WASHINGTON (Reuters) - The Democratic-controlled U.S. Congress on Friday sent President Barack Obama a bill to fund much of the government into next week, after Democrats hit a snag wrapping up a $410 billion measure to pay for the rest of this fiscal year which ends September 30.
Senate Republicans forced a delay, denying a victory to Senate Democrats who are anxious to finish up the 2009 business and start on funding for fiscal 2010, which begins October 1.
Republicans have slammed the spending bill as too expensive at 8 percent above fiscal 2008 funding, while lawmakers on both sides complain it funds thousands of lawmakers’ pet projects in their home districts.
Some senators are also upset that it begins to roll back some policies from the previous administration of George W. Bush, including relaxing some limits on travel and trade to Cuba and funding a U.N. family planning agency.
Senate Majority Leader Harry Reid, who had hoped to pass the legislation on Thursday, said he was one vote short of the 60 needed to end debate.
“We have to work together,” he said on Friday. “A significant number of Republicans wanted some more amendments.”
So far no amendments have been adopted despite Republican attempts to trim the bill and remove some projects. They also argued some programs already received extra money in the $787 billion stimulus bill enacted last month.
Republicans in both the House and Senate have called for freezing spending at 2008 levels, an idea Democrats rejected. Another attempt in the House to do that failed on Friday.
“There is a storm brewing out in the hinterlands fueled by the public’s disdain over the free-for-all spending of this Congress,” said Representative Jerry Lewis, the senior Republican on the House Appropriations Committee.
The government is almost halfway through the 2009 fiscal year but because Democrats clashed with the Bush administration last year, Congress never finished most of the annual spending bills. Even as lawmakers try to wrap this up, Obama has already submitted his budget outline for fiscal 2010.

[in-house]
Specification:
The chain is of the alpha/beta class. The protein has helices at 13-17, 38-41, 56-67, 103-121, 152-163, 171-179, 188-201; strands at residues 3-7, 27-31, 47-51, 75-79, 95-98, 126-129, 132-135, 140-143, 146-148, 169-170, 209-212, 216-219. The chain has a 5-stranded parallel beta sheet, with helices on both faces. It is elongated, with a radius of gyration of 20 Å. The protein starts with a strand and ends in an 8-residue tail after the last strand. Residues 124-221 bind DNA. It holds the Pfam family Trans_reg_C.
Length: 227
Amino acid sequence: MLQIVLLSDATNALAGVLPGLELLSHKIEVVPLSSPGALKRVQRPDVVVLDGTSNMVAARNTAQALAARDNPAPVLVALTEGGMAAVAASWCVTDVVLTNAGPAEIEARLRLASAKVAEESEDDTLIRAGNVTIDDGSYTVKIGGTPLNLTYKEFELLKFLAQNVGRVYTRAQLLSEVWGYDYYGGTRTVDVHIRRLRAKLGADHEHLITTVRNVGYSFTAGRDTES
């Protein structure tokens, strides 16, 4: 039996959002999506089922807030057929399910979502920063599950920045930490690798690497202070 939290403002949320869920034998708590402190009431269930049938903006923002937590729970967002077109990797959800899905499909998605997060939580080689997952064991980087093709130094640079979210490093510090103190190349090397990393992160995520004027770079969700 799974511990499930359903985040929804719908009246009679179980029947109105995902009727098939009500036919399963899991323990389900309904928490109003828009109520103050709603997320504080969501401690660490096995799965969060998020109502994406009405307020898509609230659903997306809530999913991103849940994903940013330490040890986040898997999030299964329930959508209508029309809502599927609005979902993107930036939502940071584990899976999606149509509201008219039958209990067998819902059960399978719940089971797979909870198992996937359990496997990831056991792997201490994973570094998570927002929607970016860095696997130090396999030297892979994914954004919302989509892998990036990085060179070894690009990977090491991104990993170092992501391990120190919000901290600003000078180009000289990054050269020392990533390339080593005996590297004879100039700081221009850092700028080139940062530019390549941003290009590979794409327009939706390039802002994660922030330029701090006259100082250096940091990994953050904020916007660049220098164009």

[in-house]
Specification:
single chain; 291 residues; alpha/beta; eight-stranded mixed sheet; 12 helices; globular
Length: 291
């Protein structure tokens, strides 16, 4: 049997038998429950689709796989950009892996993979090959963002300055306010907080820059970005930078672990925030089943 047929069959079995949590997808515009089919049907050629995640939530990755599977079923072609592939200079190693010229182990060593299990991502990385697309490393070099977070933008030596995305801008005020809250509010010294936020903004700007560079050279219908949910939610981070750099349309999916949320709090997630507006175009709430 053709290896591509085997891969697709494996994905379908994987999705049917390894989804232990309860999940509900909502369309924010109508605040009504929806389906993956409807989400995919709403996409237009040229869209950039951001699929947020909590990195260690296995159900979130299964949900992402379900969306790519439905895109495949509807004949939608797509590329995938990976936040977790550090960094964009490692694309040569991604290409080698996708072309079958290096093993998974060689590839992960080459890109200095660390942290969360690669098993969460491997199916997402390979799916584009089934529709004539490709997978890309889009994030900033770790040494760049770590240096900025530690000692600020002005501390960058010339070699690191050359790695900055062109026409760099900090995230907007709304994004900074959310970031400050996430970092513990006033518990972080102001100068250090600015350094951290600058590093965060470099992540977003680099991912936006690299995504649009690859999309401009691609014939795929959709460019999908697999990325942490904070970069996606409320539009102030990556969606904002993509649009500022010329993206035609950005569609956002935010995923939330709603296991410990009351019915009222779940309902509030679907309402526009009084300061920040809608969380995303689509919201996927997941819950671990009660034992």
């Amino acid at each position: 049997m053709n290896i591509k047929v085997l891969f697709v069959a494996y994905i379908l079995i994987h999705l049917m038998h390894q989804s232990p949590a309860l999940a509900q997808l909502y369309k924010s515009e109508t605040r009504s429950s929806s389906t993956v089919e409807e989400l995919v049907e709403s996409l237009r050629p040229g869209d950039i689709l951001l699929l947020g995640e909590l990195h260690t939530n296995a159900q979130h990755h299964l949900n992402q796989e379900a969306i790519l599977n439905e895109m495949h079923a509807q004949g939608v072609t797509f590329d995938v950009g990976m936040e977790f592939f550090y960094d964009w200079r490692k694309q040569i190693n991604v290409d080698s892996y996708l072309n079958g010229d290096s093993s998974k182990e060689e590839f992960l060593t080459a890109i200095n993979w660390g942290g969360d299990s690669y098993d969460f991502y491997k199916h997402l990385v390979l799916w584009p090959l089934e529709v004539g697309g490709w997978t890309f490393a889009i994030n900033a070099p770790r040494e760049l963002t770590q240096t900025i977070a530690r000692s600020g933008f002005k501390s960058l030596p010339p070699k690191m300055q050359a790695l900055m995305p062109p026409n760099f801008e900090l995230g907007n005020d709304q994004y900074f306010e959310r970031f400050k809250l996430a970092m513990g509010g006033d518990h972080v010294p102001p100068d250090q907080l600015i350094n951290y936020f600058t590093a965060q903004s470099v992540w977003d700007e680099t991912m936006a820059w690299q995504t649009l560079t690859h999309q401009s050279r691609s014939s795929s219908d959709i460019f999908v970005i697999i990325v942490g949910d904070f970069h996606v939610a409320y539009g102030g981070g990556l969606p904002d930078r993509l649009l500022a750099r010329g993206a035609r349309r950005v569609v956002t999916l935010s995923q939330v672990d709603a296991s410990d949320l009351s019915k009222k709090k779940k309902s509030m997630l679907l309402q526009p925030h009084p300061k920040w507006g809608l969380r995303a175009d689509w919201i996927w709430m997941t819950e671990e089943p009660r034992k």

FIGHT OVER CUBA, PET PROJECTS
The House has approved the $410 billion legislation, which funds departments like agriculture and transportation. But 60 votes were needed to end the debate in the Senate and while Democrats control 58 seats, several defected preventing that.
Two Senate Democrats, Florida’s Bill Nelson and New Jersey’s Robert Menendez, refused to back the bill because it would ease some travel and trade restrictions with Cuba. Plus some Democrats were upset with the thousands of pet projects.
That forced Democratic leaders to seek Republican support. Reid said on Thursday that while some Republicans were willing to vote to end debate and pass the bill, their colleagues wanted more amendments considered.
Reid said more votes on amendments would be held on Monday and Tuesday and he would again try to end debate and pass the legislation on Tuesday.
The Senate late on Thursday rejected one amendment that would have barred the U.S. government from using money in the bill to contract with firms identified by the Treasury Department as doing business in Iran’s energy sector.
Senate Democrats said they backed the concept but rejected it being attached to the spending bill.
Additional reporting by Thomas Ferraro; Editing by Vicki Allen
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